Teacher Professional Development

Education for All and Knowledge Society agendas are challenging the institutional and human resource capacity of education systems around the world. The pressure to provide access and a quality education to learners partaking in 21st Century knowledge -based societies and economies is immense. Teachers are pivotal agents in the drive to transform education systems which is evidenced in the cumulative focus of Ministries of Education across Africa on ICT Teacher Professional Development (TPD). Many educators, business and industry representatives and government leaders believe that creating a paradigm shift in views of learning, coupled by applications of new information technologies, can play a key role in renewing educational systems to bring them into alignment with the needs of a Knowledge Society for All

We’ve been focusing on Standards and Competencies for Teachers, lecturers and instructors with the help of the ICT TPD matrix. The matrix, which was developed by GeSCI in 2009 is based on the UNESCO ICT Competency Standards and each framework in the matrix defines principles and models for ICT integration along a continuum of emerging (basic use), technology literacy (applying), knowledge deepening (infusing) and knowledge creation (transforming) stages.


ICT Competency Standards are Important because:

» They make it clear for all to see what is required of a qualified teacher in terms of knowledge, classroom skills, behavior and attitudes.

» They provide a benchmark for teacher institutes responsible for training.

» They help to ensure that training providers provide training programs which meet country priorities as expressed in the ICT competency framework.

» They enable teachers to meet the minimum standards required of them and help them to maintain those standards.

» Parents and the general public can be confident that their children are being taught by educators who have achieved agreed and transparent standards for ICT in Education.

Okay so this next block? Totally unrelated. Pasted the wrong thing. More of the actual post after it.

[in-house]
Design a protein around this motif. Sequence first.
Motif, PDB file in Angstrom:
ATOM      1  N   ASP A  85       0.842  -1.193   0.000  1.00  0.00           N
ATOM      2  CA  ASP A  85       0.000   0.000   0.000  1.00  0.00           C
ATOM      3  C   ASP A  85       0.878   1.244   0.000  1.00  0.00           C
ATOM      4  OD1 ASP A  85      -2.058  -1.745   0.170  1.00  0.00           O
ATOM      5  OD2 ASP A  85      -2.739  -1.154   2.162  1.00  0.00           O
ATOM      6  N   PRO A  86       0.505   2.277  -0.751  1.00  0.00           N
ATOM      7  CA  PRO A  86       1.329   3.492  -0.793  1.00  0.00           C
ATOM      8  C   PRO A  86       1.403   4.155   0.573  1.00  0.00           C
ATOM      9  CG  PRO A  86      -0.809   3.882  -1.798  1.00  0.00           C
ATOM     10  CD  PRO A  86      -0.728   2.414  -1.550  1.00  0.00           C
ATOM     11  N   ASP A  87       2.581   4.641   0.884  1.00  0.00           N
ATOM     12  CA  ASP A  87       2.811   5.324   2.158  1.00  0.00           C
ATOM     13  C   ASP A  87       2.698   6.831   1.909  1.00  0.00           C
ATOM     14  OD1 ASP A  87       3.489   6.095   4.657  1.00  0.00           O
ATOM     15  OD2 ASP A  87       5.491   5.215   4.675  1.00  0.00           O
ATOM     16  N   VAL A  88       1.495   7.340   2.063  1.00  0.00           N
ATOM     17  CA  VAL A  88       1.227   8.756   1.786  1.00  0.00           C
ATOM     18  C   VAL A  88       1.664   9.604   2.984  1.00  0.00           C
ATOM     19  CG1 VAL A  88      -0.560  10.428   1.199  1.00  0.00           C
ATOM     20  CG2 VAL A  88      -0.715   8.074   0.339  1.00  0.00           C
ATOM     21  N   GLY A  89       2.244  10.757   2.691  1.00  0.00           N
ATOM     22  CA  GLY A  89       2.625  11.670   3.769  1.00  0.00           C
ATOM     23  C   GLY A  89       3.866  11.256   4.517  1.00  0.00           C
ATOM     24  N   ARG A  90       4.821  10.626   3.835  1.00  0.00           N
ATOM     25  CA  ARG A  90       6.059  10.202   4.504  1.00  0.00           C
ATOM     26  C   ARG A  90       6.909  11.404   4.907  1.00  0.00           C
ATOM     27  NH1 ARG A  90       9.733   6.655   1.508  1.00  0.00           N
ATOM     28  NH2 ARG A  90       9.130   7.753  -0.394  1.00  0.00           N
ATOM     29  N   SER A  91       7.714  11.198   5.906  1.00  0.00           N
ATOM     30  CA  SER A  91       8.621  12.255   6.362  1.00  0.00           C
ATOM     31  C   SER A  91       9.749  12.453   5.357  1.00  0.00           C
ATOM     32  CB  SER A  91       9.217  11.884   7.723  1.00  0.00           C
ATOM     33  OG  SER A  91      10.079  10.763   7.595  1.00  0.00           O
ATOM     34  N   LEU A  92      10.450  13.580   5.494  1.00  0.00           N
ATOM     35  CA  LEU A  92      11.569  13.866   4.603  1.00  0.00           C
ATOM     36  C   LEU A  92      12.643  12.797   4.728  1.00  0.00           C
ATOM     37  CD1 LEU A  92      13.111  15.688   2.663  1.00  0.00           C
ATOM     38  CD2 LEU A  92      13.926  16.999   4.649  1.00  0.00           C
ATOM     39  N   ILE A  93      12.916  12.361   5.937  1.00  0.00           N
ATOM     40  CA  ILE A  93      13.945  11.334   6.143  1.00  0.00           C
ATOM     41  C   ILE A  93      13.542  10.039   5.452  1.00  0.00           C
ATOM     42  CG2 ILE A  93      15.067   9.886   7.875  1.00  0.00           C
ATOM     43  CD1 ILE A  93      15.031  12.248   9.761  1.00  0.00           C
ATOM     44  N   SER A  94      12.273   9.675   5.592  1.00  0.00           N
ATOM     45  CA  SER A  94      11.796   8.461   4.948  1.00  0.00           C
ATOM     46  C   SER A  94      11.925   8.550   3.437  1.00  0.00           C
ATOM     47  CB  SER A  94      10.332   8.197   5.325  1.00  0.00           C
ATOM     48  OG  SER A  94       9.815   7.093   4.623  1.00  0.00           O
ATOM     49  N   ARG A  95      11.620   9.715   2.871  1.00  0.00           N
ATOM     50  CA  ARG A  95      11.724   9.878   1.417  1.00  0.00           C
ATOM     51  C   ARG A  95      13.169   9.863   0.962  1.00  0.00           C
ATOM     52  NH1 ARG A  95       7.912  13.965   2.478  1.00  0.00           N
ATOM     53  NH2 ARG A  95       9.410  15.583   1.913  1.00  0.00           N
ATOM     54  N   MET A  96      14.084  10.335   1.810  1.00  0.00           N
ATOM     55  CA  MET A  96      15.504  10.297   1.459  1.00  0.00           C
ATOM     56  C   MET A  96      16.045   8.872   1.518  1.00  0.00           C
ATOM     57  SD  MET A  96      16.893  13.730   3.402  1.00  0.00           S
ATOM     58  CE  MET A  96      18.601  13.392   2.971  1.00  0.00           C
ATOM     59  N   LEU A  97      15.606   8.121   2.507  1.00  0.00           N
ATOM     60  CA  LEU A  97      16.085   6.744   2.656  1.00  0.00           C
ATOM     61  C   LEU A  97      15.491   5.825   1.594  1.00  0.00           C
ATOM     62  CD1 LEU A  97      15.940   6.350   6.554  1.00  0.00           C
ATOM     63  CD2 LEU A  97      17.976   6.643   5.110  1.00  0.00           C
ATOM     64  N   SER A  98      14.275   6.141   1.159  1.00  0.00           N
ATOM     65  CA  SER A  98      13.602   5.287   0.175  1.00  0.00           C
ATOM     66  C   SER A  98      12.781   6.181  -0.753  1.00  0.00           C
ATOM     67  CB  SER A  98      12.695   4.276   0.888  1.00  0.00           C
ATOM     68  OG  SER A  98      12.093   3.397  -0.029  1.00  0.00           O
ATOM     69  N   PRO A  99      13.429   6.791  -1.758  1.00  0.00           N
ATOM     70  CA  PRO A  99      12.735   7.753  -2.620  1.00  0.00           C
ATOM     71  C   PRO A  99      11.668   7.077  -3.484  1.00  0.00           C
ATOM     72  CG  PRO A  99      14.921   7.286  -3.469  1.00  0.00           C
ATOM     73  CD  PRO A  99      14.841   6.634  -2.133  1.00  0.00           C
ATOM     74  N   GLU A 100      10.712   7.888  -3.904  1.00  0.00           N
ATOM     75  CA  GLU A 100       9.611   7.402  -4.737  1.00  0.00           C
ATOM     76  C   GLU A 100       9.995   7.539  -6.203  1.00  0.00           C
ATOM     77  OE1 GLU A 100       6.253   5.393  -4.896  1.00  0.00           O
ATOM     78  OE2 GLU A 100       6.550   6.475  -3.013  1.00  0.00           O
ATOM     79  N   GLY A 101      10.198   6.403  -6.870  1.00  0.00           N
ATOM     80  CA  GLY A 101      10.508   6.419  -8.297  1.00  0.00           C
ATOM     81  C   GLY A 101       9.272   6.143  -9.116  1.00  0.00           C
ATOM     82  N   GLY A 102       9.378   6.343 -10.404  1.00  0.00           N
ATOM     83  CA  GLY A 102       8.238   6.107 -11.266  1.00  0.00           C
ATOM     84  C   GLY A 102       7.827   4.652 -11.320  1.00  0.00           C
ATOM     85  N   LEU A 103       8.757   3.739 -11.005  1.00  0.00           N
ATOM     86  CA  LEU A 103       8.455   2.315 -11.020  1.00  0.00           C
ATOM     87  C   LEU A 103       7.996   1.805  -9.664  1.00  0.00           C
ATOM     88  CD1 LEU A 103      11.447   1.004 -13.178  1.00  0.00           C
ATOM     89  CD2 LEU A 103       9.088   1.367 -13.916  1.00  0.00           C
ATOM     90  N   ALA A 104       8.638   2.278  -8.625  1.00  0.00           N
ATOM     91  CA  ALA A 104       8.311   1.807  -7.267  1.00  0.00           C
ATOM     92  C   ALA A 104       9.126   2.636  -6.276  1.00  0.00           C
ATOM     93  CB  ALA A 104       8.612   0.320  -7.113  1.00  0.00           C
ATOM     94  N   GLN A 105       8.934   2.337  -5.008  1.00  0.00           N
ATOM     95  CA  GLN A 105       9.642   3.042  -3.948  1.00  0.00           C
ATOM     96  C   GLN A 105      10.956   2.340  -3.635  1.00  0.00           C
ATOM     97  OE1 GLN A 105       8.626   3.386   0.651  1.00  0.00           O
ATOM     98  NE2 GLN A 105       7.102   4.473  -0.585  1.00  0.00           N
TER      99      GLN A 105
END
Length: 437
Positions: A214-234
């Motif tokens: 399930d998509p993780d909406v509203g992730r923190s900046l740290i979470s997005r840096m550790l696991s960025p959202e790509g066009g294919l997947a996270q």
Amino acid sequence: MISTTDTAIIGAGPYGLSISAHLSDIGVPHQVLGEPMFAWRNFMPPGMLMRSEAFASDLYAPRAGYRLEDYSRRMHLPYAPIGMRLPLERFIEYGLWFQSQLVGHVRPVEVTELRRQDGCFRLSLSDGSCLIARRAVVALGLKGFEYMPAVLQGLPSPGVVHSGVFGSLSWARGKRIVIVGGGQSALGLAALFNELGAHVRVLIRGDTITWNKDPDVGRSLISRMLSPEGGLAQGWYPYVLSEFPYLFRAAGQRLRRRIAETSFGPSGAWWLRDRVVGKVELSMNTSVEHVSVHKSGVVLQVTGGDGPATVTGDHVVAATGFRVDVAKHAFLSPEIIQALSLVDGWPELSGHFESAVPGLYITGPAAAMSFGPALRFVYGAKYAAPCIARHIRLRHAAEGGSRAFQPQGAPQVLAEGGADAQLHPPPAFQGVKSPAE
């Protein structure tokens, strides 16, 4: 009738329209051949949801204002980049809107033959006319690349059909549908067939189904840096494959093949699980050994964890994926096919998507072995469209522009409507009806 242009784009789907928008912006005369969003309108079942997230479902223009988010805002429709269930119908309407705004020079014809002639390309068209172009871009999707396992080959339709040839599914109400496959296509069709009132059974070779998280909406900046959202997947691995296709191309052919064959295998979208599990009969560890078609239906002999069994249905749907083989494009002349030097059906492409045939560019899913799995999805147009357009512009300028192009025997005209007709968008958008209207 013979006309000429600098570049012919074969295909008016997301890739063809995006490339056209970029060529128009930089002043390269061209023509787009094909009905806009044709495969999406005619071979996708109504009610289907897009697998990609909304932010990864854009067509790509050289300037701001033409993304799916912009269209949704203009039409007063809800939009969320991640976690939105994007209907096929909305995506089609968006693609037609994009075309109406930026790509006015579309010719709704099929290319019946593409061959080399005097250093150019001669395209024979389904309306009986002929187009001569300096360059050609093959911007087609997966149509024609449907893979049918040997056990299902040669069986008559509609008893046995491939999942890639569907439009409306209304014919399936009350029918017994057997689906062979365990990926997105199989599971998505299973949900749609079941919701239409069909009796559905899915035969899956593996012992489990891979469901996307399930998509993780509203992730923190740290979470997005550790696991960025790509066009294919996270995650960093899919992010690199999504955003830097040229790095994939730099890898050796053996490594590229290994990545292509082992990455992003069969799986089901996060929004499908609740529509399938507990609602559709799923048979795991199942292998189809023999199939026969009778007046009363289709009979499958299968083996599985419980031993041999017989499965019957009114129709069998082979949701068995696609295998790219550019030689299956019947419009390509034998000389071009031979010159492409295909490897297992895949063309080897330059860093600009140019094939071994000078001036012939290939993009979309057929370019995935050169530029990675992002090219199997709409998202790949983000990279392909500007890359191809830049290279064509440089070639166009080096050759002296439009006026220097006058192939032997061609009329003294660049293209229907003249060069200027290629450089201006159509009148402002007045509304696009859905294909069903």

Where there are ICT training programmes in developing countries such as Rwanda, the training of teachers is not systematic, often focusing only on basic ICT skills or how to use ICT.1 General subjects at the teacher training institutes are not taught using ICT which would expose teachers to the practical aspects of ICT integration across other non- ICT subjects. ICT skills for teachers should not simply be about how to use technologies but also about why and when to use them in transforming teaching practices.2 Without capacity building of the teachers, the potential and benefits of ICT to address issues of quality and relevance in the education system will not be realized.

In May 2010 the Rwanda Ministry for Education-GESCI partnership and H2 consultancy conducted a series of visits to schools and institutions. The purpose of the visits was to provide directors, teacher trainers, principals & teachers with an opportunity to reflect on where they are with some of their projects and programmes and where they felt there were needs and gaps.


The MINEDUC-GeSCI partnership subsequently organised a one day focus group discussion workshop to critically review feedback from the field visits and to localise the ICT TPD Matrix for use in national, institutional and school-based programmes. The localisation of the ICT TPD matrix will pave the way for the development of an implementation road map for building teachers’ capacity to effectively integrate ICT in educational practice. Workshop participants used the GeSCI ICT-TPD matrix to tentatively assess Rwanda’s progress in the six ICT TPD matrix domains with the objective of identifying three priority areas for the coming three years.

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